Once you’re done writing your tasks, you breathe a sigh of relief. But wait! No matter how good your tasks may be, the facilitation process can either make or break a moderated test.
Here are top tips for facilitation from testing “guru” Kara Pernice's session at the recent Nielsen Norman Group conference.
- Run a pilot test with one of your observers in advance so you have an idea of the test flow.
- Be friendly when you greet the tester, but not overly friendly. Then, when the testing begins they won't think your sudden sense of quietness is the result of something they've done wrong. As hard as it is sometimes, it's not your job to be buddy-buddy.
- Pay your tester before the test so they don't fake it. You want their honest opinions.
- Remember: It is an observation not a conversation. If you are going to interrupt, it better be important!
- Give subtle signs of acknowledgment – “mmmm's” and nods will suffice.
- Forget closed questions or leading questions like, "You seemed to struggle on this part of the page - why?" Instead, bring them back to the page and have them walk you through all of the elements. Let them show you were they felt like they had trouble.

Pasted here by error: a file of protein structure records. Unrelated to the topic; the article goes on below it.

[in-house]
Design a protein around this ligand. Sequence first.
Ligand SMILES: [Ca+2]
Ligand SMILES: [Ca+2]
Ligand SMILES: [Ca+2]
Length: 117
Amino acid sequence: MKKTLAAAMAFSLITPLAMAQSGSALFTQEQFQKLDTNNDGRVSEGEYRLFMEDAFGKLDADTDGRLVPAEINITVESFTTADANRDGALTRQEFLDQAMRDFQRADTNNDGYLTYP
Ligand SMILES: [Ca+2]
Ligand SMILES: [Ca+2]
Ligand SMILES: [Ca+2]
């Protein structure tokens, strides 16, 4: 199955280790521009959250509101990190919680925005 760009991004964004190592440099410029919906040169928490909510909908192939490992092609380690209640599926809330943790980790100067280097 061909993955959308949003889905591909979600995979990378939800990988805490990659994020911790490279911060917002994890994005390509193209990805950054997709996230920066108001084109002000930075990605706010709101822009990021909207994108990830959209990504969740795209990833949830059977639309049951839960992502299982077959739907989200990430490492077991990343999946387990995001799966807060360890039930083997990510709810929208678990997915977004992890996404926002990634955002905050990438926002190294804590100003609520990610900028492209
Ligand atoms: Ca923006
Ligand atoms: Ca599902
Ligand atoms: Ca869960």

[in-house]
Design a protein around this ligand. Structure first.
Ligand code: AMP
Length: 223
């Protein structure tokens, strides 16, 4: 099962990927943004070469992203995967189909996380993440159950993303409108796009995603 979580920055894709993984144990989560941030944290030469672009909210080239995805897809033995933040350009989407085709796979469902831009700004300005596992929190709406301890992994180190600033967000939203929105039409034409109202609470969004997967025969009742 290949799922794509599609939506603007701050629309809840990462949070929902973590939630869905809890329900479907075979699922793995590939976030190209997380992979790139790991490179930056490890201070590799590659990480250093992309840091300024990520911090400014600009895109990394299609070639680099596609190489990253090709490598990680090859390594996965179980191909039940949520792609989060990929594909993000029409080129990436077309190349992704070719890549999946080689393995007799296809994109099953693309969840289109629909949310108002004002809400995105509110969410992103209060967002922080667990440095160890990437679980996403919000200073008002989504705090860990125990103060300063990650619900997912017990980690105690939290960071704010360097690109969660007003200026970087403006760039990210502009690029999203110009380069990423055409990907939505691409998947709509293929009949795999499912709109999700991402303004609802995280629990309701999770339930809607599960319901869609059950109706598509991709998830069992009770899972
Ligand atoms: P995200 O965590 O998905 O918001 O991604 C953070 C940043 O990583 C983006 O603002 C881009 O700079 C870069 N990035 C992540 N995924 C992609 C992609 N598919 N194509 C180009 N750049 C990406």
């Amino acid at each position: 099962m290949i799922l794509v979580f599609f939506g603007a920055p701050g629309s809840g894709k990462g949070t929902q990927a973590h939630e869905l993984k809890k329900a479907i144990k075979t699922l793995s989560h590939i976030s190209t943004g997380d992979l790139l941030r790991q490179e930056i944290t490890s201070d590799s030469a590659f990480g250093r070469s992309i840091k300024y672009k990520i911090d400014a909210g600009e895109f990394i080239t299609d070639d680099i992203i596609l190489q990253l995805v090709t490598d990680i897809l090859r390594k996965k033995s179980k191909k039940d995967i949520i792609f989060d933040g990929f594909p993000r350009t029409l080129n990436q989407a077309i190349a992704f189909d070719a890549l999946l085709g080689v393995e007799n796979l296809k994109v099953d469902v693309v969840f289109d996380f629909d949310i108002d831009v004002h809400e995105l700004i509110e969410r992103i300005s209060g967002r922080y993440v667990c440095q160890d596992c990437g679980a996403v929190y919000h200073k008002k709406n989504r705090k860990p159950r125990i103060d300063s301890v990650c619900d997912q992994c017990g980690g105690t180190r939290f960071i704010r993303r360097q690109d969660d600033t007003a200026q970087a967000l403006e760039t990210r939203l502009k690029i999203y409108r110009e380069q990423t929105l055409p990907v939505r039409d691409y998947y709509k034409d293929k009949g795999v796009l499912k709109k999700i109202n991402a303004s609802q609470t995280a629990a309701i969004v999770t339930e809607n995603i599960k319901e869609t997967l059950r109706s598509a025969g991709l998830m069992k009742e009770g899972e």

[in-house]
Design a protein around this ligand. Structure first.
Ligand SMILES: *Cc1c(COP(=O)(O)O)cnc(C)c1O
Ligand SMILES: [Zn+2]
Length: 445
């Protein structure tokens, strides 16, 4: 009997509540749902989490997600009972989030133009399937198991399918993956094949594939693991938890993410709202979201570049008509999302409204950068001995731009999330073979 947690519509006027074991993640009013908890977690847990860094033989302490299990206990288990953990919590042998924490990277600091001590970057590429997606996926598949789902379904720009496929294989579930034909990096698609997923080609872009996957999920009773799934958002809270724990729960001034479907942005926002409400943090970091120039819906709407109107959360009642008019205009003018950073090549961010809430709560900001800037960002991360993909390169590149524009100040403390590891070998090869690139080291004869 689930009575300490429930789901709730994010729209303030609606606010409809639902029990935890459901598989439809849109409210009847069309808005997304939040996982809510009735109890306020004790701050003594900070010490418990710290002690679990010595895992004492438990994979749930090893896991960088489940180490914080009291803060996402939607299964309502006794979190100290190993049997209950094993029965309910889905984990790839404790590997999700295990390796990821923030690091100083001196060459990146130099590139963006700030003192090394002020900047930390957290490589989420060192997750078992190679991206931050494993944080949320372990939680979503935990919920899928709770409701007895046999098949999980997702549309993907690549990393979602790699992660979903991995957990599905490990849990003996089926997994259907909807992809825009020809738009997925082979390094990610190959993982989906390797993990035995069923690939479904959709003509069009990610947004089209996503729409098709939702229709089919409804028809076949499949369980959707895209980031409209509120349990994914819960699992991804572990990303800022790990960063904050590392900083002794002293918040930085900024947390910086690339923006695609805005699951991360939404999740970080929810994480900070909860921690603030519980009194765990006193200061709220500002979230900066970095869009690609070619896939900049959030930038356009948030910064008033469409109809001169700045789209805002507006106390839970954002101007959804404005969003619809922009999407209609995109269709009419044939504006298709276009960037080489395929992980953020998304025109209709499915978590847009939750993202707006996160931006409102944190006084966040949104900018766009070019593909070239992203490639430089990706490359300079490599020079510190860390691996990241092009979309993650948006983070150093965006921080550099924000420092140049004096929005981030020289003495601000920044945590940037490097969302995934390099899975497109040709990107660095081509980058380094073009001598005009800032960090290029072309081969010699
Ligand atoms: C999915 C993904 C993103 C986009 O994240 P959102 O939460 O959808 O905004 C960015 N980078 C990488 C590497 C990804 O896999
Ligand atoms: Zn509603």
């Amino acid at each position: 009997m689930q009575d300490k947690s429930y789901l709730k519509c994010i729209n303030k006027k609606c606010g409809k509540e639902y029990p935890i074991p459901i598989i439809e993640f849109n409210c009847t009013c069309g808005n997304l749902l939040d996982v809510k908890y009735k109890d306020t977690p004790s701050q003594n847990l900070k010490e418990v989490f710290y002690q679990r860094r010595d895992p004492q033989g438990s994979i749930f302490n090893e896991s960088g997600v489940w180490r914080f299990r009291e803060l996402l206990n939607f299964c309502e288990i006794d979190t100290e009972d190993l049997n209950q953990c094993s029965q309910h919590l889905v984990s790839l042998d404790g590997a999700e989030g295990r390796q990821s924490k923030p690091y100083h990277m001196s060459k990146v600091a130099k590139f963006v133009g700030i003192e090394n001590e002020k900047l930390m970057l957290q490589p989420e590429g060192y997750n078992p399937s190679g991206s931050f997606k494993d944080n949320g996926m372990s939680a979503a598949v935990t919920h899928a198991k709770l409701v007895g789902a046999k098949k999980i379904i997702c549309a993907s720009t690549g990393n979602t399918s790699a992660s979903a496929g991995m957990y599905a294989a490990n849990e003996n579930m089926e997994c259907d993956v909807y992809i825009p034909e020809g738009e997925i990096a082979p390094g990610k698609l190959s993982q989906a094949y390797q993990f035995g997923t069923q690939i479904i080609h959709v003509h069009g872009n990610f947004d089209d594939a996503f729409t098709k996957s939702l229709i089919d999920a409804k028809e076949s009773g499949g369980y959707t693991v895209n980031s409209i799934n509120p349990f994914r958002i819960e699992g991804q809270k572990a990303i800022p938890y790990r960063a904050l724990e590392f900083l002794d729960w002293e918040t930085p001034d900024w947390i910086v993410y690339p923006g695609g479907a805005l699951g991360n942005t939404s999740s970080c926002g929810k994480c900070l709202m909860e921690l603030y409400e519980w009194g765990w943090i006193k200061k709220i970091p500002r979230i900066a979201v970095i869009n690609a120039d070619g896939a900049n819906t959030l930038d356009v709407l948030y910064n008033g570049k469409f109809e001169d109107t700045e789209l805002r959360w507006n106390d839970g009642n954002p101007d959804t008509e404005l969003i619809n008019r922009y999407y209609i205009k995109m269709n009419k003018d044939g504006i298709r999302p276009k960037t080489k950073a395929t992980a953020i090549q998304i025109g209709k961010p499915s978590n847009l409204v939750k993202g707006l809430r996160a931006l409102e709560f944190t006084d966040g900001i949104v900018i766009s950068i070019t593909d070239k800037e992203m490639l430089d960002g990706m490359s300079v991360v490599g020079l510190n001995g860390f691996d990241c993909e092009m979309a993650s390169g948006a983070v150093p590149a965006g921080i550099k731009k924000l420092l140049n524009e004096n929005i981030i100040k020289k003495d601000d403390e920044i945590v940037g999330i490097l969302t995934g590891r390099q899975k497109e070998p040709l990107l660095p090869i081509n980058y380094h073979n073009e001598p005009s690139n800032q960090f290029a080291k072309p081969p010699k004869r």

- Always test for the entire scheduled time. Have backup questions ready in the case the user finishes early.
As a web development agency, we can’t help but throw one last tip out there:
Make sure your testing and design iterations are accounted for in your development and design schedule. Without a well-thought out timeline, you will likely have to sacrifice the number of quality changes that can be made. However, if you plan properly, it will ensure you have time to review, iterate and implement the majority your learnings.
Have you facilitated a user test? Share your tips in the comments!